8th International Conference on Urban Health, Day One Update
The 8th International Conference on Urban Health in Nairobi, Kenya, Oct. 18-23, 2009
Conference website – http://www.icuh2009.org
Day One’s Round up, Oct. 19, 2009
The 8th International Conference on Urban Health kicked off today in Nairobi, Kenya, hearing first hand from the community that has been affected by rapid growth of cities- those that live in Informal settlements.
Unlike other previous conferences on Urban Health the Nairobi one focuses more on the challenges that urbanization posses to the health of residents in Africa and Asia. For the first time, communities spoke of solutions for issues like, water and sanitation; waste management; security, health services among others.
Speaking at the Community Voices Forum, Hon Elizabeth Ongoro, Assistant Minister, Nairobi Metropolitan Development was quick to note that the discussions could not have come at a better time than this ‘since her ministry needs the solutions to achieve Kenya’s vision 2030. “As the government seeks to listen to the voices of the people, this forum is very welcome so that we can continue implementing people-centred solutions”
The day saw residents of Kibera, Korogocho Viwandani and Mathare ( some of the informal settlements from Kenya’s capital, Nairobi) showcase projects that offer solutions to the ever challenging problems of urbanization like; health insurance, HIV/AIDs, Sustainable Livelihoods, Security and Peace initiatives, Water, Sanitation and Hygiene, Disabilities and Alcohol and Drug Abuse.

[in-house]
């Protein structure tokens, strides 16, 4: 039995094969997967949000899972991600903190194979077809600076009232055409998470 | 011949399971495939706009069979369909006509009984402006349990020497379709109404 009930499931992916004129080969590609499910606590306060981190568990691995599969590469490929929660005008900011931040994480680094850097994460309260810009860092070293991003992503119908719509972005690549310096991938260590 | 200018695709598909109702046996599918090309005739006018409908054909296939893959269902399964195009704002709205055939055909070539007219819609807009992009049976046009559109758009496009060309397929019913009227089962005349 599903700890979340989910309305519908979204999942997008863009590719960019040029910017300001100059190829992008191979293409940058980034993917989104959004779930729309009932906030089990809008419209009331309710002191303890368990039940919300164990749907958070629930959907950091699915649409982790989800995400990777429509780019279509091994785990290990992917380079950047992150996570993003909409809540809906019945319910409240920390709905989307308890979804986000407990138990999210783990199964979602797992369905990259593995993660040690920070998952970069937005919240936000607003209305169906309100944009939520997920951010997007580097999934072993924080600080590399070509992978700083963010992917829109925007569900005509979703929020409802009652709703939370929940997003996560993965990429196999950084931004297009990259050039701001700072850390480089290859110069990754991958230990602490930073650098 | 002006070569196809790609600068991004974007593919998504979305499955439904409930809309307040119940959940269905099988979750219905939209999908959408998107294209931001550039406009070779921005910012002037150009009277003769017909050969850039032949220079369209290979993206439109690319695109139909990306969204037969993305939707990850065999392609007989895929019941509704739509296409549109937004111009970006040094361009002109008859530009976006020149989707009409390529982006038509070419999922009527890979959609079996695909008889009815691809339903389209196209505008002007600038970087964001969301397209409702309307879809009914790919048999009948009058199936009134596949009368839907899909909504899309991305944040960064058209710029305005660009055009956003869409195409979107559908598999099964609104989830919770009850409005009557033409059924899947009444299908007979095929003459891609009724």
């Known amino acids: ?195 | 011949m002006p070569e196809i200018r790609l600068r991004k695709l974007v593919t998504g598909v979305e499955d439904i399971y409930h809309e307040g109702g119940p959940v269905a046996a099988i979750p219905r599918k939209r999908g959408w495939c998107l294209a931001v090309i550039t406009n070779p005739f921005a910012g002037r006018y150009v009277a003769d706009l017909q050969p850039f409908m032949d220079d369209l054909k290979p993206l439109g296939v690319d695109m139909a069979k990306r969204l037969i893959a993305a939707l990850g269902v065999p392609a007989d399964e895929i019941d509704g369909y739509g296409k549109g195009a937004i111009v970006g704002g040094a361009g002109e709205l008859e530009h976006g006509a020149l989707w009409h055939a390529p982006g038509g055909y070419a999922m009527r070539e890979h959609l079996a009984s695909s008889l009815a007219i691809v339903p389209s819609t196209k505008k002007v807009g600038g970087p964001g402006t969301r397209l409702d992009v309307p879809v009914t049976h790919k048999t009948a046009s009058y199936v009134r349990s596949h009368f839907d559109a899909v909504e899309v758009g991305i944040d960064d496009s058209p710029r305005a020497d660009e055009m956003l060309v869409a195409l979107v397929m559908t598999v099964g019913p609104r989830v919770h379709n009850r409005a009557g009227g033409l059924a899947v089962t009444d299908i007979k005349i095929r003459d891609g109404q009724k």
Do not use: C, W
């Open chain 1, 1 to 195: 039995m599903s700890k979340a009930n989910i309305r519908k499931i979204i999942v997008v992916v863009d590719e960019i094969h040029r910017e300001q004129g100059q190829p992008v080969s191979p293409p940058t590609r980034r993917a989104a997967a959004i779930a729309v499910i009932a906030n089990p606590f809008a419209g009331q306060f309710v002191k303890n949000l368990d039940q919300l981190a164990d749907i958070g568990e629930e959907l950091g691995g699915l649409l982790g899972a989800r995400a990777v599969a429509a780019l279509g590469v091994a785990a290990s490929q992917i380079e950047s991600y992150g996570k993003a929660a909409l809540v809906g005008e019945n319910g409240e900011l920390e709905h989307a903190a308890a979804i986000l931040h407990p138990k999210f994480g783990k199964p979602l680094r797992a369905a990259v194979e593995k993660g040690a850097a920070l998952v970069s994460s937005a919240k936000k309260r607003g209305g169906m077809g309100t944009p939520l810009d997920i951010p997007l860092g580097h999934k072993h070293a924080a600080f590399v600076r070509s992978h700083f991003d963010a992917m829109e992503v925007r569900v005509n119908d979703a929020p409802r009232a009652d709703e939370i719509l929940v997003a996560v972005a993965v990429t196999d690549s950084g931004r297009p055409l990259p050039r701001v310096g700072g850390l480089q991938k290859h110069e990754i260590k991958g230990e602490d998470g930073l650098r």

Earlier in the day journalists went through a briefing that highlighted why the meeting was held in Africa for the first time as well as the unique challenges that Africa and Asia face by virtue of having fast growing cities.
The ICUH president Dr. Jean-Christophe Fotso, the ISUH founding president David Vlahov together with David Kinyua the communications and advocacy officer of the National Coordinating Agency on Population and Development were on hand to explain the different themes that the conference will be addressing.
The African continent is urbanizing very fast and at a time when local economies are not performing well, the result is that many Africans moving to urban areas are unable to find employment and they end up living in deplorable conditions in slums, where they don’t enjoy the services that an urban setting is supposed to provide. Day one did provide the beginning of a discussion by hearing from the community and Day two- Monday 19th’s session will be hearing the voices of representatives of local governments from 40 different cities around the world on how they are handling the challenges of their growing cities.
Dubbed as the Urban Health Champions is an entry point to an engagement with policy makers and forging of partnerships that will help make the Nairobi Urban Health Statement at the end of the week.